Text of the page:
“Far from being a dance of the sabers, Xi was simply warming up the temperature that has caused the world to be on edge”
The setting was perfect.
Away from the madding crowd, sheltered in a huge estate in the rolling hills off the California coast called Filoli, the two most powerful leaders of the world met.
Biden broke the ice in a four-hour meeting by greeting Xi’s wife, Peng Liyuan, a happy birthday.
The Chinese first lady shares the same birthdate as the American president, November 20, although the latter is 20 years older than she is.
No earth-shaking agreements came out of the historic meeting, billed as a tete-a-tete between two estranged friends, with relations between the two superpowers having been strained by worsening trade relations and the status of Taiwan.
Official statements by both sides averred that Taiwan was on the table, where Xi asked Biden to restrict arms sales to the island nation it considers a renegade province. Whether Biden agreed or not was not in the official release.
As it should not, per the rules of diplomacy where unfinished issues are not disclosed.
About the only conclusions seen after the ‘summit’ was an agreement for China to curb production of the ingredients that make fentanyl, and more significantly, that military to military communications would be resumed, one that stopped after the contentious visit of Nancy Pelosi to Taiwan last year.
Both agreed to pick up the phone to prevent the worst, as part of steps to prevent disagreements to turn into irreparable conflict.
Not even climate change, one of the pressing issues where both sides are the world’s worst offenders, was discussed.
The face-off turned into a seemingly cordial thaw in icy relations, although Biden in his press conference afterwards still distastefully referred to Xi as a ‘dictator.’
Even if true, it was a sour note.
Still and all, as Morris Chang, the venerable founder of Taiwan’s giant TSMC, the world’s biggest supplier of microchips and Taiwan’s representative to the APEC summit in San Francisco, said, the Biden-Xi meeting would help reduce tensions in the Asia-Pacific and promote reliable supply chains.
Meanwhile, in another meeting, Japan’s Kishida and China’s Xi committed to a “mutually beneficial relationship,” despite serious national security and economic rifts.
‘Détente,’ the international media described the talks between the two Asian neighbors, whose history has been marred by bloodshed and conflict.
Focus was on improving trade — economics in short, rather than geo-politics.
Xi harped on the need to handle divergent views ‘adequately’ grasping the “flow of current times.” Nice words, but words only.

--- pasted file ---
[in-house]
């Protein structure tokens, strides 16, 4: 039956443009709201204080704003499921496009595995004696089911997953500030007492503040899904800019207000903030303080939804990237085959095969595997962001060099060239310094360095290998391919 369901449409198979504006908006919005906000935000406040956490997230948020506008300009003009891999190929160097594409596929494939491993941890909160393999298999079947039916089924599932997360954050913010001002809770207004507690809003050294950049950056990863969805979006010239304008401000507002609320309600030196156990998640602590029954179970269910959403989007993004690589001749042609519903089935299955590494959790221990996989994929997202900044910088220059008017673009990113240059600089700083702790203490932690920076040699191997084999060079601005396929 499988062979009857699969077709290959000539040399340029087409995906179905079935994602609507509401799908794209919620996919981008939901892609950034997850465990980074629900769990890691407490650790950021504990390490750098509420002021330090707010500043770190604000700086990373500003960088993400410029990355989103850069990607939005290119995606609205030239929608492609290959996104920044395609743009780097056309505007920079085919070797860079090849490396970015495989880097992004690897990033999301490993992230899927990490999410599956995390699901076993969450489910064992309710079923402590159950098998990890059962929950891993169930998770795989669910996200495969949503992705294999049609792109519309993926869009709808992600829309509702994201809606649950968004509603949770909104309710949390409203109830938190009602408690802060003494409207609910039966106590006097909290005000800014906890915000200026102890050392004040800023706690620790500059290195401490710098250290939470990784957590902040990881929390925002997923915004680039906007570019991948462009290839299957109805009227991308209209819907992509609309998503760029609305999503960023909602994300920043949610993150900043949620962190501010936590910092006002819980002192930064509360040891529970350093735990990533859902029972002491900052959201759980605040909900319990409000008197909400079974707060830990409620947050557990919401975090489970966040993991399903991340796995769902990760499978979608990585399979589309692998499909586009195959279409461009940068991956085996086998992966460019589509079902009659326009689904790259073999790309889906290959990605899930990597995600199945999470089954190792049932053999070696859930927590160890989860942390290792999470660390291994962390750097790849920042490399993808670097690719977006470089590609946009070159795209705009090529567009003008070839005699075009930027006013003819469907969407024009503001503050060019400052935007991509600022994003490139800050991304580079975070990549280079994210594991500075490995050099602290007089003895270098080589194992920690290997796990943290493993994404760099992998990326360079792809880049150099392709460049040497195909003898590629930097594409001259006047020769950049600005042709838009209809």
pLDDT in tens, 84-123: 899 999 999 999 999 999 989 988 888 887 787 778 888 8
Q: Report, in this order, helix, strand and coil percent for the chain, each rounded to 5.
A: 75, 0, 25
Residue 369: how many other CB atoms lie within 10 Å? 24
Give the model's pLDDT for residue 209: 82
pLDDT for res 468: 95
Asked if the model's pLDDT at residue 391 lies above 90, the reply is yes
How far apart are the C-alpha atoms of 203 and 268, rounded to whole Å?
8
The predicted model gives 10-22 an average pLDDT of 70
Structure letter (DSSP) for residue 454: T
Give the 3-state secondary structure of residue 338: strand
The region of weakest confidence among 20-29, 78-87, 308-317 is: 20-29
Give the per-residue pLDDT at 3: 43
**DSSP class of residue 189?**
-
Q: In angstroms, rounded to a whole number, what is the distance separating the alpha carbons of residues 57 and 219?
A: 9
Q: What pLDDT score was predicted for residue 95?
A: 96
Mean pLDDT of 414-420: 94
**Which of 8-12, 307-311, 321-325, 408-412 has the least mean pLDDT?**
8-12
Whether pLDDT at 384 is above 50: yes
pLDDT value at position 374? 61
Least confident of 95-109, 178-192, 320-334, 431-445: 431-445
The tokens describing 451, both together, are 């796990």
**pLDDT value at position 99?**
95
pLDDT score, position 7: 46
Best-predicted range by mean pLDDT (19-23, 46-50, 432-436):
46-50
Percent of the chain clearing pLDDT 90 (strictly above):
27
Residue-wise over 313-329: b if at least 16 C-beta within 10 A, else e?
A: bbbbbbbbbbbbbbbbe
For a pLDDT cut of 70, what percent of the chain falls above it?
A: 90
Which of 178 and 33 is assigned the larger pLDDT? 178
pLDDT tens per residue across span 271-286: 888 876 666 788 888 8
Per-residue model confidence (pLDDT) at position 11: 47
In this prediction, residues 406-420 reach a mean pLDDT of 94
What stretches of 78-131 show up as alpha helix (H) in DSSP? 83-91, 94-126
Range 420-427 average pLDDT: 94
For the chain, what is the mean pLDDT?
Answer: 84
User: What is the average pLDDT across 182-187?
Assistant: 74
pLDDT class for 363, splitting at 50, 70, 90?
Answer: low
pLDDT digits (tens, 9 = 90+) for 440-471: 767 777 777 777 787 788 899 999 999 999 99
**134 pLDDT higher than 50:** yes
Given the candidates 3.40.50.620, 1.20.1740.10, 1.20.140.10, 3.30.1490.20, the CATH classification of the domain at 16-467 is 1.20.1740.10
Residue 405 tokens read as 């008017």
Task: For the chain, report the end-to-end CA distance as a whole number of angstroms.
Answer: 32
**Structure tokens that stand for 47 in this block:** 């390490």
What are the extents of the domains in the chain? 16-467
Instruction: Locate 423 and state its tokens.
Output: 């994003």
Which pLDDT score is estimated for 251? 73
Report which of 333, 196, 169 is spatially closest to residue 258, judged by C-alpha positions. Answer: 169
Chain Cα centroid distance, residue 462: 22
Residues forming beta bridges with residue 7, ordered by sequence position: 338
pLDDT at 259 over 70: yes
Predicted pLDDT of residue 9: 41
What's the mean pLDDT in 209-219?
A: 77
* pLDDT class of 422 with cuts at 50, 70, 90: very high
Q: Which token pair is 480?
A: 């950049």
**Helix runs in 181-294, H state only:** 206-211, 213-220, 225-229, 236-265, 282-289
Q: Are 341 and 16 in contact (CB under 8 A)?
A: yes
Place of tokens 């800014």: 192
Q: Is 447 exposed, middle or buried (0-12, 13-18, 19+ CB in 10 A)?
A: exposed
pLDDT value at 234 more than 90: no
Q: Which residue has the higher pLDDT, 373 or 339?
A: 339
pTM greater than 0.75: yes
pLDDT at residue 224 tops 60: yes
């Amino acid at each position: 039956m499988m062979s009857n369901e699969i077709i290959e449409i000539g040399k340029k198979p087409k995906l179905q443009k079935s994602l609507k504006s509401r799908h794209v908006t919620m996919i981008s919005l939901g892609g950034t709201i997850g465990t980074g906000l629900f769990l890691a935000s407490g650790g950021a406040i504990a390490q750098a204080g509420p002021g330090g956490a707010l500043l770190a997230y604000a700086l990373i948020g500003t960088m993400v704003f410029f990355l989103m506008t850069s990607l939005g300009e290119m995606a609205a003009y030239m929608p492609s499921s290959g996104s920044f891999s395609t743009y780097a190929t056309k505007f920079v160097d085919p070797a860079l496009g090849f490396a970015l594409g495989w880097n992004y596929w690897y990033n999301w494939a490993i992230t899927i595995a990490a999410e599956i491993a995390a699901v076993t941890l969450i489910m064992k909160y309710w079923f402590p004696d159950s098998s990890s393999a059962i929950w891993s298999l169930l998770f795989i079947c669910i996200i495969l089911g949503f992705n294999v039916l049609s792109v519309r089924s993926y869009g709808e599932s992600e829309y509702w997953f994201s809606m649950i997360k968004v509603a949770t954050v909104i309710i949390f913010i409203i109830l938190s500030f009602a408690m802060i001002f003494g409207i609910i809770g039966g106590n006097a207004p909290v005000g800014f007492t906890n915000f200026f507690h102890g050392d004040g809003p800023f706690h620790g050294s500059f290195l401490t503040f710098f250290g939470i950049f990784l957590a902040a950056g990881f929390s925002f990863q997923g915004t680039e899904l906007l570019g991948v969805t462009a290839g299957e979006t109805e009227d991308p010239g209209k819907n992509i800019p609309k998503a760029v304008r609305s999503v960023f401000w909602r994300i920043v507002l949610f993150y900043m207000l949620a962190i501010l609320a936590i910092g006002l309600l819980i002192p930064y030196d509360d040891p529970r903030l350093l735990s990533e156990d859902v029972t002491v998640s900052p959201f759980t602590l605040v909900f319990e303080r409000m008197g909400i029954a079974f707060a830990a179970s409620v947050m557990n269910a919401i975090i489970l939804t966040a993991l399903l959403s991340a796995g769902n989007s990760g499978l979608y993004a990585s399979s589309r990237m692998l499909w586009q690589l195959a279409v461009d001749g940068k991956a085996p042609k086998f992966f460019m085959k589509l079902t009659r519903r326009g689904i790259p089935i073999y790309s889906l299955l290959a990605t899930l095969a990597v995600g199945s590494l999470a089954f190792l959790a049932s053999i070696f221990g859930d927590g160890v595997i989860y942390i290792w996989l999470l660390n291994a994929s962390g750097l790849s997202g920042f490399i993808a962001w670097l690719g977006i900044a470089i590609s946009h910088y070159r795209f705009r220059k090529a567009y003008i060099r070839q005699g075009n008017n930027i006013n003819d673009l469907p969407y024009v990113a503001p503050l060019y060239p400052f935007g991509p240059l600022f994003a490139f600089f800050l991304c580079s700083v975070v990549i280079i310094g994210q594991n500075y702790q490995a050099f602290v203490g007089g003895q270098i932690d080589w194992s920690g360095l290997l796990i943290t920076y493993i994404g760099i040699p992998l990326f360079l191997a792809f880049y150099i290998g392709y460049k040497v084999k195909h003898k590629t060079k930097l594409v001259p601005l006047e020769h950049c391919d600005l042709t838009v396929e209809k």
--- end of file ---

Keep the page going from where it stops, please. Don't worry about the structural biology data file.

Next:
The Chinese president, successor to Mao in longevity of power, was doing a Maoist ‘one step backwards, two steps forwar,d, with the whole world none the wiser as to when the two steps will be made.
Far from being a dance of the sabers, Xi was simply warming up the temperature that has caused the world to be on edge.
With Ukraine and Russia still at war, with Israel pounding Gaza to rid it of the Hamas terrorists, the human suffering in both theaters of conflict incalculable, China could have upped its pressure on Taiwan, the lynch pin of its conflict with the Western powers and its Asian allies.
Even this writer at one point feared that after the surprise attack on Israel, China might cause tensions in the Taiwan Strait to heat up further, taking advantage of America’s divided attention.
But China did not, and, instead, in the cadence of the Maoist dance, showed diplomatic smiles rather than confrontative stance.
Xi also had a short meeting on the sidelines of the APEC confab with our president, who brought up the plight of our fishermen, the sector most disadvantaged by the WPS conflict, and asked that both Chinese and Filipinos should fish in the same waters without bullying by the superpower.
Whether the PLA and its tentacles would listen, only time will tell.
It is a ‘vamos a ver’ situation, with no concrete assurances made, only cordial smiles.
One could read into the one step back and a future two steps forward of the Chinese leader as a concession to domestic troubles that bedevil China’s economy.
Like the rest of the world, China’s economy is in deflated state, with growth figures drastically down, debts both public and private growing to unsustainable levels, and trade with the rest of the world tapered.
Thus, thaw is better addressed towards frosty relations with rivals in the world stage.
In our next column, we will see how this thaw is playing out in the Taiwan situation.